Part two of Unlaced brought two contrasting pas de deux by Michael Smuin, the balcony scene from his Romeo and Juliet and an excerpt from Hearts Suite, both of which had their Smuin Ballet premiere in 1994.

Romeo and Juliet, danced by Yarbrough and Powell, was an absolute delight. Smuin injected this famous scene with a subtleness that made you remember an important aspect of the story. Yes, the two main characters are desperately in love, but their experience is brand new, having just met one another. Such a complex narrative calls for both sides – the careful delicacy of newness combined with grand abandon of passion. The choreography delivered, one hundred per cent. And Yarbrough and Powell were absolutely incandescent.

The pas de deux from Hearts Suite was Smuin’s take on a very unique love story; one from a different time, a different place. In this character-driven, narrative duet, Garance, danced exquisitely by Susan Roemer, is trapped in challenging life circumstances and is caught off-guard by the love and affection of Baptiste (another fantastic portrayal by Ben Needham-Wood). Unfulfilled expectations, unexpected love and an atypical match; the excerpt leaves you wondering how the story will unfold.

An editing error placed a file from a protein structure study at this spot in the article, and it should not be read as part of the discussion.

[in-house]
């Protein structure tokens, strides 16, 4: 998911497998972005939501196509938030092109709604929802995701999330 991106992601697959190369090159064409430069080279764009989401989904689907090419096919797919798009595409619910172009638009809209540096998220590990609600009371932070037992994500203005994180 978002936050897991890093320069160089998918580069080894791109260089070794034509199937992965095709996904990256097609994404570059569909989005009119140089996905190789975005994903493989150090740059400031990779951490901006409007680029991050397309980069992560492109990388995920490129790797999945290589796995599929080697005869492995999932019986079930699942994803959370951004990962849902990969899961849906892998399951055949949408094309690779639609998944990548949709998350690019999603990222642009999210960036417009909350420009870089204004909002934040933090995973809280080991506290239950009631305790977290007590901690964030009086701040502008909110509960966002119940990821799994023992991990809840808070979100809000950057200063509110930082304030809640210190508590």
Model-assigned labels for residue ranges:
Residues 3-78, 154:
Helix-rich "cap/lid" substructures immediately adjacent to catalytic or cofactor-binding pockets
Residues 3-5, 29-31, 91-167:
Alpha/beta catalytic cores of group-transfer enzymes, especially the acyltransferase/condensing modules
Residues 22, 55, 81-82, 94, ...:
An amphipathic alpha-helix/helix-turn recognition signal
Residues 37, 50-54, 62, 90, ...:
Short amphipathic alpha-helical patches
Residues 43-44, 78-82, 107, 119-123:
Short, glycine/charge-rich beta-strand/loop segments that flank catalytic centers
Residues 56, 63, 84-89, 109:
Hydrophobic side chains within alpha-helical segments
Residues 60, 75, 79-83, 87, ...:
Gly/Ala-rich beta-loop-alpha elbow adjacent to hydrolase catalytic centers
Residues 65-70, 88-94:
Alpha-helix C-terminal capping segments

Unlaced closed with Adam Hougland’s newest composition, Ask Me, an ensemble dance for five women and five men. The lights went up, and club culture took over. The company looked like a diverse set of 1980s characters, with a little helping of 1990s grunge and just a pinch of modern day hipster. A sense of community and camaraderie was immediately established in the first unison group sequence, and carried through to the end of the ballet. A collection of smaller scenes (solos, duets, quintets) followed that initial statement, all with the undercurrent of celebration, of togetherness.

Hougland’s Ask Me was part rock video, part edgy artistic installation that ended with a lovely, introspective solo, danced by Robert Kretz. The work was cool and edgy, but the ending was so abrupt. I can’t help wondering if at some point, there was something more, something after that final solo that ended up getting cut at the last minute.

Mid to West Dance Collective  Photo Tony Nguyen

Mid to West Dance Collective
Photo Tony Nguyen

May 17. I have been so impressed by every performance that has been part of the Dance Up Close/East Bay series at Shawl-Anderson Dance Center over the past ten months. Each engagement has been unique and different but the through vision is unmistakable – to support emerging choreographic voices, and bring new contemporary work to audiences in an intimate and personal setting.